The second reading today gives the continued account of Pentecost. Last Sunday on the Day of Pentecost, we heard the account of the Coming of the Holy Spirit. Today we hear the sermon that Peter proclaimed. The festival of Pentecost may very well be the festival of the Holy Spirit, but Christ is the one who is proclaimed. Peter makes a special point to show that it is the work of the Triune God to make known to us how the Triune God goes about His work of re-Creation, His work of salvation. Peter says that Jesus “being therefore exalted at the right hand of God, and having received from the Father the promise of the Holy Spirit, He has poured out this that you yourselves are seeing and hearing.” The reason God sent the Holy Spirit was in order to make known Jesus Christ. Peter emphasizes Jesus’ work of salvation, that even though He died, even though He was buried, He was raised up. The Jesus who was crucified is the one who is Lord and Christ. The Triune God, as we confess in the Creed and as the Bible makes known to us, is the God who specifically reveals Himself to us in the second Person of the Trinity, Jesus Christ. Not only that, He specifically reveals Himself to us in His work of re-Creation in His suffering, death, and resurrection.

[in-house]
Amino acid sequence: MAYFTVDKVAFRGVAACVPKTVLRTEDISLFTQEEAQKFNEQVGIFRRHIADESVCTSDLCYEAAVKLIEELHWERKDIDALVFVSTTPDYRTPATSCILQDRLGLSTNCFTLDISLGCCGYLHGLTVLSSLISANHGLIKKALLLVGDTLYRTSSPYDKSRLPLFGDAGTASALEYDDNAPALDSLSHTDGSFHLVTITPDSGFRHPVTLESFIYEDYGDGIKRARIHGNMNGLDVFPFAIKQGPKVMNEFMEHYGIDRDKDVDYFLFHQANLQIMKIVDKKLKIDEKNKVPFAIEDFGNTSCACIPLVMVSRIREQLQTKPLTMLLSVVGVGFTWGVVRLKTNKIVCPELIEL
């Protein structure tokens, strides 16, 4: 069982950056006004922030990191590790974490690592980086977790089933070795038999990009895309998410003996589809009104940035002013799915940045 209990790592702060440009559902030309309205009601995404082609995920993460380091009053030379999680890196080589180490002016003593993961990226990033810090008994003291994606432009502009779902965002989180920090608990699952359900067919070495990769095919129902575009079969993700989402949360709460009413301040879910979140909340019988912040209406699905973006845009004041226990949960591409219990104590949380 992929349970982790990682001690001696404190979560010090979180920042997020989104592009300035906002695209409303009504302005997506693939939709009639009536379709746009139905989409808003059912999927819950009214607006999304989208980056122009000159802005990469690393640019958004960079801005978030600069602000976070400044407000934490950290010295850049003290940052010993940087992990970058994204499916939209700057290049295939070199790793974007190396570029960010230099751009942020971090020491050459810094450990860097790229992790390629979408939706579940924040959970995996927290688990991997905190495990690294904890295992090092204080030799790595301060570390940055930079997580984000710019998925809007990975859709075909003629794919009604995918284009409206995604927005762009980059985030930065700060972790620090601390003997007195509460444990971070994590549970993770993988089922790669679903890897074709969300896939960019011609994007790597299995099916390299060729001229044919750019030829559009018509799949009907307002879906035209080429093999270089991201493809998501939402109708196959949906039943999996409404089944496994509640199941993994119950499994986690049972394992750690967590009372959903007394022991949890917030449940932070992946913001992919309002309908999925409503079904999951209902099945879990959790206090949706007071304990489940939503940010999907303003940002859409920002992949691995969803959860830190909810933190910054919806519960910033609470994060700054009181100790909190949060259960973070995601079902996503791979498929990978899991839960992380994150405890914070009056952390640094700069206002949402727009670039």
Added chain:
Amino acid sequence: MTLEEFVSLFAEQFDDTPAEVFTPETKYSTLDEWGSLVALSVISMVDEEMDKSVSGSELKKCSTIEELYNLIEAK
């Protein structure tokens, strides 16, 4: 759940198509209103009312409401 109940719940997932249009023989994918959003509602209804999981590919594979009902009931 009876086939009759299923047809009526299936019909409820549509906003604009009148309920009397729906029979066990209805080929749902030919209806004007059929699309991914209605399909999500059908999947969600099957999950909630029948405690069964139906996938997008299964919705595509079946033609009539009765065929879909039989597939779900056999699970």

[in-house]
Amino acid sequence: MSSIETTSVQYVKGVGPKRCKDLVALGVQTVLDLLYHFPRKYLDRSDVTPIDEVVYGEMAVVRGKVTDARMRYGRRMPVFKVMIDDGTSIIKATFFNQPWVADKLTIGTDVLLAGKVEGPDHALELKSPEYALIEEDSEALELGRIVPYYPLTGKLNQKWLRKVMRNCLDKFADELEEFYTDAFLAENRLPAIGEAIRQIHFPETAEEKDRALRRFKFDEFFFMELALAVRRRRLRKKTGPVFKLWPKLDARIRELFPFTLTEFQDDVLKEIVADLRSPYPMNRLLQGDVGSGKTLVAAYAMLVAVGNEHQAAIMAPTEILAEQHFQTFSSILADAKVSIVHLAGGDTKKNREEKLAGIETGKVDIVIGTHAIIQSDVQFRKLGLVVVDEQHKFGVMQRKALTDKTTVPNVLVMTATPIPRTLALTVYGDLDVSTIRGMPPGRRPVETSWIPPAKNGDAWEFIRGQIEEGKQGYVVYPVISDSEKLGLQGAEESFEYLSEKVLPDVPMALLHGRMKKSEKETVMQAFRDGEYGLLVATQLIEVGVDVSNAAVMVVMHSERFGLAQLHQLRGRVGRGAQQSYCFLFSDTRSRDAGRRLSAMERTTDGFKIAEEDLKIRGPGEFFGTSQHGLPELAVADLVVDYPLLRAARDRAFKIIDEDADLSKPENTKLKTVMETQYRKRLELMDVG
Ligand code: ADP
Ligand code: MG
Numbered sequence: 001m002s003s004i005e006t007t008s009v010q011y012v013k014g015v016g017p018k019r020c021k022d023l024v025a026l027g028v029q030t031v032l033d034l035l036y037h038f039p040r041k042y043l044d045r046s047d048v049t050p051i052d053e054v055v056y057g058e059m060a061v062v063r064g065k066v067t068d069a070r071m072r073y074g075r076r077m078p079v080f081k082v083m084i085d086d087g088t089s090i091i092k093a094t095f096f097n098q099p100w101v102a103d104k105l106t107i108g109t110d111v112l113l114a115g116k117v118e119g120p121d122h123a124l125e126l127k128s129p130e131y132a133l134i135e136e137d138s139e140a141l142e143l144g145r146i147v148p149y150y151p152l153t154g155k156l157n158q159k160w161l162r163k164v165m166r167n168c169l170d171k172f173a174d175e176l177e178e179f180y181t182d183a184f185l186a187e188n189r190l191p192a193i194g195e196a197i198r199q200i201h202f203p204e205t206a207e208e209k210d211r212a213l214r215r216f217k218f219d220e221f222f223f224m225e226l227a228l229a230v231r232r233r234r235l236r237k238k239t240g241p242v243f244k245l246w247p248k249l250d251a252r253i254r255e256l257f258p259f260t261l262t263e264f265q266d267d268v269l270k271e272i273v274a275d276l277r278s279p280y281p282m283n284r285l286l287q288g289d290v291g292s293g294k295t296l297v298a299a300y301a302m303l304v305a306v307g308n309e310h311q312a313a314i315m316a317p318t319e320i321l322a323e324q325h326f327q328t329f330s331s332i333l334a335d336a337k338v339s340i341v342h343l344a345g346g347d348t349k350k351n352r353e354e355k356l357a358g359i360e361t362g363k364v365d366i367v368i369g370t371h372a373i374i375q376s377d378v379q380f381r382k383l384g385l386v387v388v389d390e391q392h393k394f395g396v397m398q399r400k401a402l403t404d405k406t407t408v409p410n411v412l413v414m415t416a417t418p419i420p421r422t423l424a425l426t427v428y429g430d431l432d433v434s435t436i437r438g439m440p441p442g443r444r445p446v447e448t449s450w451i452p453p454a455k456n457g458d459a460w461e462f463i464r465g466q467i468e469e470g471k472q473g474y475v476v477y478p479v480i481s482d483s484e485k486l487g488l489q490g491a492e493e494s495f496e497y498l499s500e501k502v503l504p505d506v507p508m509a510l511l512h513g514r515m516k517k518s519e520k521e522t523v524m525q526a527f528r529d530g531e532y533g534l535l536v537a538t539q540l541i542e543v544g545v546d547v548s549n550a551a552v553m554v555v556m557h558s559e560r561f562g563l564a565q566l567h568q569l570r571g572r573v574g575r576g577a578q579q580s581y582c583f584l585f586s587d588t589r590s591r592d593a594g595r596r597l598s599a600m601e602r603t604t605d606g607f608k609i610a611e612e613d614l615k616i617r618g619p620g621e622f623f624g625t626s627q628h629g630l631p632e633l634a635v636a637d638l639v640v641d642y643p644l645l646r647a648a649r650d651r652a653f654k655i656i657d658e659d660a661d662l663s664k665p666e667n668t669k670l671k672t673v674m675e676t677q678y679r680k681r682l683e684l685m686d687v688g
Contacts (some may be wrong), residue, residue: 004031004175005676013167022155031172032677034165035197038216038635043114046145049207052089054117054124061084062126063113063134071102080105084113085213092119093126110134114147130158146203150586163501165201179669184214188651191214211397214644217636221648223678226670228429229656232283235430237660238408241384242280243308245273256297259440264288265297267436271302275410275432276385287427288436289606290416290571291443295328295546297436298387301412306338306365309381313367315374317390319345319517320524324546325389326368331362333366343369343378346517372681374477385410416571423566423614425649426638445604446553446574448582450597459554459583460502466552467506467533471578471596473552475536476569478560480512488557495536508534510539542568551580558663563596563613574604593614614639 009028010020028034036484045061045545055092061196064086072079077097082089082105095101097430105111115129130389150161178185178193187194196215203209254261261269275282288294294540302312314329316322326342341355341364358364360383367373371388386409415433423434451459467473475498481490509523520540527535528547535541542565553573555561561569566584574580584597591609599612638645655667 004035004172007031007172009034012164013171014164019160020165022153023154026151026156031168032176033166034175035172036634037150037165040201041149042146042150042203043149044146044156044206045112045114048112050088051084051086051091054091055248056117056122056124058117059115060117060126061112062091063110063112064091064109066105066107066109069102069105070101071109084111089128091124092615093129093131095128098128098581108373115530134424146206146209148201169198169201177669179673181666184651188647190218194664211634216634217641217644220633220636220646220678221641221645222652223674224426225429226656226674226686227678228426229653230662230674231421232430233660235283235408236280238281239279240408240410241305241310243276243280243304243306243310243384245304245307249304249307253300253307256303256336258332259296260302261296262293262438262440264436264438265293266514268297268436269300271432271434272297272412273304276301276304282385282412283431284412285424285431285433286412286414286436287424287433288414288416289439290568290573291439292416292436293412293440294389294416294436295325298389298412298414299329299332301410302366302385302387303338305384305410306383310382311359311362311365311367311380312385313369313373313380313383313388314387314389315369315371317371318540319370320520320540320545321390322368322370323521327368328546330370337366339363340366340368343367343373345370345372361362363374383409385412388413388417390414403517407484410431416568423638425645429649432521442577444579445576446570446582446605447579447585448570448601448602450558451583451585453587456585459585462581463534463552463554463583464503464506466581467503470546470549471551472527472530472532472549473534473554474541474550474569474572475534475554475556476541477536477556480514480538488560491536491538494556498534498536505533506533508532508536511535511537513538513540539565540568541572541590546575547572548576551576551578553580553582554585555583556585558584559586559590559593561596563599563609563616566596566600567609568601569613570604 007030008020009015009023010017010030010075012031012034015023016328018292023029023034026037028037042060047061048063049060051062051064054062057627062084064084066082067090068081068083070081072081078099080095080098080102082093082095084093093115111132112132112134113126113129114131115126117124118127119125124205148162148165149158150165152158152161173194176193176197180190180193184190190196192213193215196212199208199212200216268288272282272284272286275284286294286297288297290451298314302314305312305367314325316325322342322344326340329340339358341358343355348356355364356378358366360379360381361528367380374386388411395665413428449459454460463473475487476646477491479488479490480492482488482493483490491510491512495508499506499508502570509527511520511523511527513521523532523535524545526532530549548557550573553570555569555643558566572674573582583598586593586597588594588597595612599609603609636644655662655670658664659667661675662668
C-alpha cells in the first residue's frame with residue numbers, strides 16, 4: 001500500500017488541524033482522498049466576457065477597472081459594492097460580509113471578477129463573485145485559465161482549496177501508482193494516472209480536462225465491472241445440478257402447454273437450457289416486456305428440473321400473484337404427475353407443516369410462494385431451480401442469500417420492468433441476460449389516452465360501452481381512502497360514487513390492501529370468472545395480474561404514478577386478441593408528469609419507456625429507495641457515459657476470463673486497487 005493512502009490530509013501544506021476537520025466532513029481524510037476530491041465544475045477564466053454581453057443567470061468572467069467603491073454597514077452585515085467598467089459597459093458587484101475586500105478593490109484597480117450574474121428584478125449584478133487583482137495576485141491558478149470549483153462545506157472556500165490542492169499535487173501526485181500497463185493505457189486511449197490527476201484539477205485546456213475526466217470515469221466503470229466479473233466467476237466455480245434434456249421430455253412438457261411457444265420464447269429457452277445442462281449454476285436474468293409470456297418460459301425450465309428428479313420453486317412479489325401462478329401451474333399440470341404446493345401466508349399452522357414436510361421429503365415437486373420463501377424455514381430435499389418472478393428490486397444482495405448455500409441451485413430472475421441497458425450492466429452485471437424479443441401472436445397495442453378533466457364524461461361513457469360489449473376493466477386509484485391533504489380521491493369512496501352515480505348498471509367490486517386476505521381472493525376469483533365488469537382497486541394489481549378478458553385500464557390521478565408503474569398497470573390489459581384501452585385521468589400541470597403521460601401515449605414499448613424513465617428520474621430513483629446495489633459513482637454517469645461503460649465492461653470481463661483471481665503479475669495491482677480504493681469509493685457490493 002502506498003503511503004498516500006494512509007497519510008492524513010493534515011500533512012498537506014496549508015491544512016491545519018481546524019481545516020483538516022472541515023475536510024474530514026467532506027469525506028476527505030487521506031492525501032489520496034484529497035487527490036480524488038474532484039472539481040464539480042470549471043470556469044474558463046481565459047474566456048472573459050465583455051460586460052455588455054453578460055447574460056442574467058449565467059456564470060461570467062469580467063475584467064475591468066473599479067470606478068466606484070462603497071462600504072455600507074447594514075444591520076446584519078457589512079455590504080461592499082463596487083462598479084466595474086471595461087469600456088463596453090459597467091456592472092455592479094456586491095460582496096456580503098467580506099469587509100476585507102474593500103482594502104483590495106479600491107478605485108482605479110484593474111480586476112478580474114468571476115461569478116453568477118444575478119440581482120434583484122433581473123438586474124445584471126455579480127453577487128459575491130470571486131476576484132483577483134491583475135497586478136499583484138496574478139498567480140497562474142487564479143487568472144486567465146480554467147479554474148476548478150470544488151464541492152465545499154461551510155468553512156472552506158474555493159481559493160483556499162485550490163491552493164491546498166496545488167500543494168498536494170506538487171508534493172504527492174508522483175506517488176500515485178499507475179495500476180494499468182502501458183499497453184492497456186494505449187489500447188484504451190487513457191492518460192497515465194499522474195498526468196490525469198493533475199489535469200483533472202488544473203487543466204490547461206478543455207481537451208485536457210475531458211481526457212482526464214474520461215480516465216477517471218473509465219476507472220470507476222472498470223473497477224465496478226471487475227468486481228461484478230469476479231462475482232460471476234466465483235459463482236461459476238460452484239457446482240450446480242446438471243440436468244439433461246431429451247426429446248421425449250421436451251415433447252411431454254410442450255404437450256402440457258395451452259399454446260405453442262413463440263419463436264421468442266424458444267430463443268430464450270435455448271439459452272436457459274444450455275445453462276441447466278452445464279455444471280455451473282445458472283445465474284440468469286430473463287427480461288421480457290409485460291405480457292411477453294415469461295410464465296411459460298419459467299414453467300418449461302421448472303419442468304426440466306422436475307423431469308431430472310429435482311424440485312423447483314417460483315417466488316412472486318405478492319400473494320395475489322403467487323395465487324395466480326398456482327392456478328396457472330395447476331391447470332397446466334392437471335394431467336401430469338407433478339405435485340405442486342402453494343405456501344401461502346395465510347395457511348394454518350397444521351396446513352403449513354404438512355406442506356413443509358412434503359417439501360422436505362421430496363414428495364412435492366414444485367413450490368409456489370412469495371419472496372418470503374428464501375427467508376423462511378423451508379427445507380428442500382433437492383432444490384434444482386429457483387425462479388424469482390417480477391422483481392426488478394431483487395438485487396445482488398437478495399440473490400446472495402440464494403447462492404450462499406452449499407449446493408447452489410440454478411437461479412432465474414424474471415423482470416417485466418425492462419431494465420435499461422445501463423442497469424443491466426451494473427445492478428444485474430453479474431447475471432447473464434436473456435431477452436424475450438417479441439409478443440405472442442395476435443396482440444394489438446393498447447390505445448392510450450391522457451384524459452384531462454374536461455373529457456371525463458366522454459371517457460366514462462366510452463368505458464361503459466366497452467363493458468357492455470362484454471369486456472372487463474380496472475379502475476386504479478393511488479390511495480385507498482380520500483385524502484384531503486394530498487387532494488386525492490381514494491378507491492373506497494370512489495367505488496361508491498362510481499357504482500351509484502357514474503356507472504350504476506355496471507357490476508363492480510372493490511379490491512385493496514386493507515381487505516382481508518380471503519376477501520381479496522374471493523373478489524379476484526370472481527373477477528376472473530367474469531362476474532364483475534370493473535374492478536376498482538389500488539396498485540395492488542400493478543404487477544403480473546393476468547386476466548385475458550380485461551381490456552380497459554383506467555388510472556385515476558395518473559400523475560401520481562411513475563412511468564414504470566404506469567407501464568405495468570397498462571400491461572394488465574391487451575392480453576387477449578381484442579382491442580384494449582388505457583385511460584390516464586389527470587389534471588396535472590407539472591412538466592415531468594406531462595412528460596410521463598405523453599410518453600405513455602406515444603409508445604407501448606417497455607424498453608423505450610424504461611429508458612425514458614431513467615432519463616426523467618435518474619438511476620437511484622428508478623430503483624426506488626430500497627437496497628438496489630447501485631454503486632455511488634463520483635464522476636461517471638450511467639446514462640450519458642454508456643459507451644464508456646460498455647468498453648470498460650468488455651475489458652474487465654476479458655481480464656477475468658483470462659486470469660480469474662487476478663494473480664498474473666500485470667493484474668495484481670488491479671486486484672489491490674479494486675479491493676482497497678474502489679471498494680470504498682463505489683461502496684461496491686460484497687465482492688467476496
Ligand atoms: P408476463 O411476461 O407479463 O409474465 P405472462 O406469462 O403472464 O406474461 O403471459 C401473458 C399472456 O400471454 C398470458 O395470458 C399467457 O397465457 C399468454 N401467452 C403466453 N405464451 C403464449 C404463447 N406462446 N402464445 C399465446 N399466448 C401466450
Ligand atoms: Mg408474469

What this means for you and me is that our lives have meaning. If you think in terms of who you are and the life you live and the things you do, God’s work of re-Creation makes a difference. Consider just one thing, which happens to be a very big thing. Today is Father’s Day. Now Father’s Day is a day that has huge significance for all of us because we all have a father. It’s true that some have never known their father, some have been abused by their father, some are at odds with their father, and we could add to the list of how Father’s Day for some is a sad day, including some who would like to be a father but are unable to. But the fact that each of us has a father means something important. It means that what God accomplished in the Garden of Eden in creating us, bringing us into being, is a continued work. We are brought into existence not in the way Adam was, from the dirt, or in the way Eve was, from a rib, but from God’s creative and creating work, from a source, namely, a father.